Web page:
Buildings and construction contribute almost 40% of energy-related greenhouse gas emissions, and Canada’s buildings, which require both heating and cooling, are particularly dependent on the use of energy. energy, which in most cases produces carbon.

Jim Bradford / The Canadian Press

Business developers across Canada say they’re determined to tackle the challenges of climate change through thick and thin, but going green isn’t always easy.

“Developers have more inherent responsibility than ever to build in a climate-friendly way. It also extends to the operation of buildings, using renewable resources to manage the property, ”said Jonathan Gitlin, president of RioCan Real Estate Investment Trust, a $ 14 billion company that owns 289 properties, mostly retail businesses.

According to Richard Joy, executive director of the nonprofit Urban Land Institute, which provides advice and information to some 2,000 members of the GTA’s public and private sectors, the entire sector is frustrated and the “mishmash”. A mix of regulations and policies make it difficult for builders and property managers to know which climate measures to deploy and which will be effective.

“It’s a confusing roadmap, with policies that range from good intentions to low intentions, and policy misalignments at different levels of government,” Joy said.

“There is nothing that comes close to standardization [of carbon measures], and so there is still nothing that comes close to accountability in our industry, ”he said.

Everything from storing bikes in an office parking lot to a commitment to use less carbon-producing cement can be considered a climate measure, but it can be difficult to know what will make a difference and should become common practice.

In an attempt to make sense of this confusion, in early November, ULI is hosting an industry-wide local symposium on greenhouse gases and sustainability measures, just ahead of a United Nations summit meeting. in Glasgow, where world leaders aim to develop enforceable, climate action.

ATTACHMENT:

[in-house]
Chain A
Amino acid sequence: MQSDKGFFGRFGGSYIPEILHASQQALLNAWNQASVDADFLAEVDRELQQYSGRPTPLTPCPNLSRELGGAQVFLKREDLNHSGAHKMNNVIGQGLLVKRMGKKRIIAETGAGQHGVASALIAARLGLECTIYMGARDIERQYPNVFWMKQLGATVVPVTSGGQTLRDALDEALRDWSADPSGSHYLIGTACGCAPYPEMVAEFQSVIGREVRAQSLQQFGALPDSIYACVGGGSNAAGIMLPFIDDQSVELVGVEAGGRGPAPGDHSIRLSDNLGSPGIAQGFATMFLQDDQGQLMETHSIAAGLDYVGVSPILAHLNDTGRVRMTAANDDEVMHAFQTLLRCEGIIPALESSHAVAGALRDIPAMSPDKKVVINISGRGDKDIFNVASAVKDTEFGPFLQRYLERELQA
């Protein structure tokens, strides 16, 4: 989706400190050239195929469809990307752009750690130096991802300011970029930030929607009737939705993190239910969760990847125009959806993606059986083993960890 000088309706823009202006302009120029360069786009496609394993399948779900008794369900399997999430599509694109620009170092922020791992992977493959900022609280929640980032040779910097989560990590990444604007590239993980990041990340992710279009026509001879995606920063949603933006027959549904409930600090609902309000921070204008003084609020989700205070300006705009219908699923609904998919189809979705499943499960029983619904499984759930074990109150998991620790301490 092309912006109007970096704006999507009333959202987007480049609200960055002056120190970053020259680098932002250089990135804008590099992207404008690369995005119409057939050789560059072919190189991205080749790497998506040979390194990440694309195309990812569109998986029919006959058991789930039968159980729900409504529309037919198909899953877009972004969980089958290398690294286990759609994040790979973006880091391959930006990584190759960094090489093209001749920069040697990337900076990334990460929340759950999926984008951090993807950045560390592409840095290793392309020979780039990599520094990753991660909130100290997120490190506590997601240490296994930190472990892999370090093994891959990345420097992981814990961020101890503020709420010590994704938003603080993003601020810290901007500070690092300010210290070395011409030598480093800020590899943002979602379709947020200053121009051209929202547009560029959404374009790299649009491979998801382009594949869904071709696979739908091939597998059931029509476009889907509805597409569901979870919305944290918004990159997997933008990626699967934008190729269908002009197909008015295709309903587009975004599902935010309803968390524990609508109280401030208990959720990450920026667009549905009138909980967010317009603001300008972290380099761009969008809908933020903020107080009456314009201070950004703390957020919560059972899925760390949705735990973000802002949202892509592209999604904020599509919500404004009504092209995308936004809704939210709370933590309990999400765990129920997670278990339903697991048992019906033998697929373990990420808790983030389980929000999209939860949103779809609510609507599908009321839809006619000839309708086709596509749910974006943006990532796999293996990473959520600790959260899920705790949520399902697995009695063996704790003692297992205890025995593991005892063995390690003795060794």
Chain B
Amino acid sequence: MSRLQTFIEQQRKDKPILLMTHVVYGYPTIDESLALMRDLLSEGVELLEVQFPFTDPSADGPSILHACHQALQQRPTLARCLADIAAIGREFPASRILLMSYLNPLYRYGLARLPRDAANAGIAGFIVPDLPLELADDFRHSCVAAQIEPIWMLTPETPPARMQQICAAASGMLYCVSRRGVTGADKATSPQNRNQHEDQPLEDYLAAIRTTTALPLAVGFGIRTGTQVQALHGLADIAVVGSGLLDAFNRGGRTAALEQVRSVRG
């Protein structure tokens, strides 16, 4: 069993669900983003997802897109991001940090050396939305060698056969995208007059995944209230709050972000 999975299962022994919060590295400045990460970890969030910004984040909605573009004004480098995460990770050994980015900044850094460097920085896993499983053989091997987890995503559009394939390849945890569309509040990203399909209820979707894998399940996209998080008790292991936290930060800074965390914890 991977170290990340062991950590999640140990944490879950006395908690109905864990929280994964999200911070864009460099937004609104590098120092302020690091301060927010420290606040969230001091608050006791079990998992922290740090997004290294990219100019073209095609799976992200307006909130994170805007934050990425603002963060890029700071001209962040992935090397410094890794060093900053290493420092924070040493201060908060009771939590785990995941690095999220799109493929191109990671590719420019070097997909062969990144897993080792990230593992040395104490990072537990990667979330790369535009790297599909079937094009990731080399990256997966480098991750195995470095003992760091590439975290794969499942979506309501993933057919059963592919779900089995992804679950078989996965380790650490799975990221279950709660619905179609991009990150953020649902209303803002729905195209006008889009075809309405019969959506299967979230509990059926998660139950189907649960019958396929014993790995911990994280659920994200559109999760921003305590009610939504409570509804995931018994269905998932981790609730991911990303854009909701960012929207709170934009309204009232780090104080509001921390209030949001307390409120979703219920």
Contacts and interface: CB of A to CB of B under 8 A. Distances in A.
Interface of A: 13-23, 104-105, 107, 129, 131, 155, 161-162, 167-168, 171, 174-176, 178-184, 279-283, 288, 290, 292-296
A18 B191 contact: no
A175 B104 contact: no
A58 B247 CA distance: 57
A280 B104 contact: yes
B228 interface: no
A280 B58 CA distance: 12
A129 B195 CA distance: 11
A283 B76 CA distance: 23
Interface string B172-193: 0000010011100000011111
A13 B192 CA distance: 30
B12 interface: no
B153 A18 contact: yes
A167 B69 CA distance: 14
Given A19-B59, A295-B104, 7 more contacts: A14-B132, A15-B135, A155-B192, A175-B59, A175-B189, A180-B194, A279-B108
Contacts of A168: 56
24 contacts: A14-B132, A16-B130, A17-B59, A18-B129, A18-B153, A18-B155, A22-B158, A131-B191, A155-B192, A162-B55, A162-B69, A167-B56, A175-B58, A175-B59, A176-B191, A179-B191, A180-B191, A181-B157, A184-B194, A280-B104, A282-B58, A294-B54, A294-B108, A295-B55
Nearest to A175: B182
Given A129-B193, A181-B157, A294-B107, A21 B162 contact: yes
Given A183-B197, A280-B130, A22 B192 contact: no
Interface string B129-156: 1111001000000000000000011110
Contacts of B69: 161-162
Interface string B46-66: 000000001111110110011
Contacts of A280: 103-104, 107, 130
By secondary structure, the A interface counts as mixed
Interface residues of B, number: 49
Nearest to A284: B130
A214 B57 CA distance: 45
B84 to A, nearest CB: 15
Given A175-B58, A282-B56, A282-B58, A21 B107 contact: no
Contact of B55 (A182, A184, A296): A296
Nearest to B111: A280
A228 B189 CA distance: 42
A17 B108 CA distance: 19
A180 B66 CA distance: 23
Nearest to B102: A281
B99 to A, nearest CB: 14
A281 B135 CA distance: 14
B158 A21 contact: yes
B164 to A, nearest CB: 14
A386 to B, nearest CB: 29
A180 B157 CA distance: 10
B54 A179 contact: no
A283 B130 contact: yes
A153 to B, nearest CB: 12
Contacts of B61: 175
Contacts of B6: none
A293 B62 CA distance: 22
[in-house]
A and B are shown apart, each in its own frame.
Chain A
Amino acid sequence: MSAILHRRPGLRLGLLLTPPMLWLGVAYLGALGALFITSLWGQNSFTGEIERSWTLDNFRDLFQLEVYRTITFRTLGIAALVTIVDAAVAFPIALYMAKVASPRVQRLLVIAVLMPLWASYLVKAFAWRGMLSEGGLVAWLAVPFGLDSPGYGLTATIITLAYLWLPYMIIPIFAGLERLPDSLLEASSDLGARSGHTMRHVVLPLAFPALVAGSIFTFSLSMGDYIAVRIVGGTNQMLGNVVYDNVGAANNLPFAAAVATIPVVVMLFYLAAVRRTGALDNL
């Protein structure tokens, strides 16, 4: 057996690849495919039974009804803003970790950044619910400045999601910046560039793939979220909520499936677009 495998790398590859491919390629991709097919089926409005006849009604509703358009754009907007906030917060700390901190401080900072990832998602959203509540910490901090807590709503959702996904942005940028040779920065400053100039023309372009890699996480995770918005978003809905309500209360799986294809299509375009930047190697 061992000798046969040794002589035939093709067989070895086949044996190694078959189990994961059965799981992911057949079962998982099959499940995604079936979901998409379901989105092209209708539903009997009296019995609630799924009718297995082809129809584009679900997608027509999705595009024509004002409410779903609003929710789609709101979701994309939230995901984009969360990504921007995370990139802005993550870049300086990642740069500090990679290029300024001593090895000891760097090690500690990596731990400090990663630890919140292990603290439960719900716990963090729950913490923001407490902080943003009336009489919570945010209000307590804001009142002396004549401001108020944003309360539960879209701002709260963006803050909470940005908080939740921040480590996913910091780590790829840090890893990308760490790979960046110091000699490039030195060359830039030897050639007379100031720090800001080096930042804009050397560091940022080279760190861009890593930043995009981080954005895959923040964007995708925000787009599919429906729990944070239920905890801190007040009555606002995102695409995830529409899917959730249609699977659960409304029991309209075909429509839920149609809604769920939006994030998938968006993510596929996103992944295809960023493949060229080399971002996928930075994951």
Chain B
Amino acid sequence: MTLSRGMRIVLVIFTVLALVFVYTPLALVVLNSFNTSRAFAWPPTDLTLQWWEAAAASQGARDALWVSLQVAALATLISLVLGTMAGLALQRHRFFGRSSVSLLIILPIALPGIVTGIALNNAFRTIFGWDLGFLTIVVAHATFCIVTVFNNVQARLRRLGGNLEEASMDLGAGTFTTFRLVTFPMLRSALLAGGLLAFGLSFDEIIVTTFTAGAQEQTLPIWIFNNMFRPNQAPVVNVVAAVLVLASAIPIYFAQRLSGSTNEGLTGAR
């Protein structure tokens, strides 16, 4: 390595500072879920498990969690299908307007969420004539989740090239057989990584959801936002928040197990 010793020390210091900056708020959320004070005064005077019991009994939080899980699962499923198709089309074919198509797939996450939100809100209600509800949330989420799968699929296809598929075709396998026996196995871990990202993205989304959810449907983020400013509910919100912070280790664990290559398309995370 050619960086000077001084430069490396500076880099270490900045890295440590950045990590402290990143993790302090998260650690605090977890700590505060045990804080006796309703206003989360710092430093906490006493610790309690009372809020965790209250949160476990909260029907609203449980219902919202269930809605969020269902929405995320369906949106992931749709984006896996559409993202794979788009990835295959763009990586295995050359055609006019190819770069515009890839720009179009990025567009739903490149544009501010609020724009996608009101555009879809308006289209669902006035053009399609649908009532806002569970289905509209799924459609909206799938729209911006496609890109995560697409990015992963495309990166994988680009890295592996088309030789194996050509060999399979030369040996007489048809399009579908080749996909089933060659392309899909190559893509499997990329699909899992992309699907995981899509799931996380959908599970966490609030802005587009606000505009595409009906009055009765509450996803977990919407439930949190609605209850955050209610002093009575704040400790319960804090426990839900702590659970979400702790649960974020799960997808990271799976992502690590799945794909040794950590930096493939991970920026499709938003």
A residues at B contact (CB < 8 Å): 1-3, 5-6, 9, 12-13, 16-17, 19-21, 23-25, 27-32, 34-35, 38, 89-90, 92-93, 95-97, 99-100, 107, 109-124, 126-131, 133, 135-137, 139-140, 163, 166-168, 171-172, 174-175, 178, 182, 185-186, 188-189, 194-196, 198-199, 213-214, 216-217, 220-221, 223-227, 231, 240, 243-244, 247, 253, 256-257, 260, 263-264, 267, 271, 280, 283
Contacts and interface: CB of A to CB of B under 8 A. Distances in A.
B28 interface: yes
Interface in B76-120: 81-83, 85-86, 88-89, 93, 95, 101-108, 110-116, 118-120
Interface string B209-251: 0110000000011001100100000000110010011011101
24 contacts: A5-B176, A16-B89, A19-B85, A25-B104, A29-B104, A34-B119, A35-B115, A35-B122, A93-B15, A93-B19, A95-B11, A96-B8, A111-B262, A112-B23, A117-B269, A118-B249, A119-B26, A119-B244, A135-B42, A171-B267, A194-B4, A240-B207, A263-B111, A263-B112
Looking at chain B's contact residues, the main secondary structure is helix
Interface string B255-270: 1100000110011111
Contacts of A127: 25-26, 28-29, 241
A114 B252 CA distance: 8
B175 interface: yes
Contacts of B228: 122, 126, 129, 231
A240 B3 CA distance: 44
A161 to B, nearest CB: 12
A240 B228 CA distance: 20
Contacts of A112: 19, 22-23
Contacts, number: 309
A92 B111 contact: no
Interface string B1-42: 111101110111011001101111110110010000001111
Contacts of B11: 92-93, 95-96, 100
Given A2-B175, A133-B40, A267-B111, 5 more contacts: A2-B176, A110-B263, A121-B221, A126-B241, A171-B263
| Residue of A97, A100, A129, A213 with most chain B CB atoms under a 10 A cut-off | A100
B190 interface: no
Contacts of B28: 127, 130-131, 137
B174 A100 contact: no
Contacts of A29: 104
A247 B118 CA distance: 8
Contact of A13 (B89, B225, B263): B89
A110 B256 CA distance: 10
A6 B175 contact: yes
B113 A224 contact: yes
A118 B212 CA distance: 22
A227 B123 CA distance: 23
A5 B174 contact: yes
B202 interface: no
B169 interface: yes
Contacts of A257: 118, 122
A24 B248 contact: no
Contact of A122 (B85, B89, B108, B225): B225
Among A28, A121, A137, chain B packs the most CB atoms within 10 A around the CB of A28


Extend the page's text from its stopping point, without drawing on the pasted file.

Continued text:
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Buildings and construction contribute nearly 40% of energy-related greenhouse gas emissions, and Canada’s buildings, which require both heating and cooling, are particularly dependent on energy use, which in most cases produces carbon.

Earlier this month, the United Nations Intergovernmental Panel on Climate Change (IPCC) reported that: “There is no question that human influence has warmed the climate system, increasing the global surface temperature. … Many extreme weather and climate events such as heat waves, heavy precipitation, droughts and cyclones have become more frequent and violent.

As if to confirm the report’s findings, more than 270 fires have burned across British Columbia this summer, destroying homes and towns. Also this summer, severe flooding in Henan, China killed more than 300 people after 201.9 millimeters of rain fell in an hour, as farmers in Western Canada are hit with what could be worst drought in history.

Meanwhile, giant companies like RioCan are looking for ways to reduce the carbon footprint of their properties and protect them from potential climate-related havoc. While not all weather-related disasters are directly attributable to climate change, there is plenty of circumstantial evidence.

In June 2021, for example, the Champlain Towers South building in Surfside, Florida, suddenly collapsed, killing 98 people, including four Canadians. Investigators have already said that the sea level in this region has risen at three times the world average, which can affect the structural foundations of a building.

Companies investing and building real estate are noticing that the cost of ignoring climate change can lead to higher insurance premiums and maintenance costs, as highlighted in a Study 2019 by investment firm BlackRock.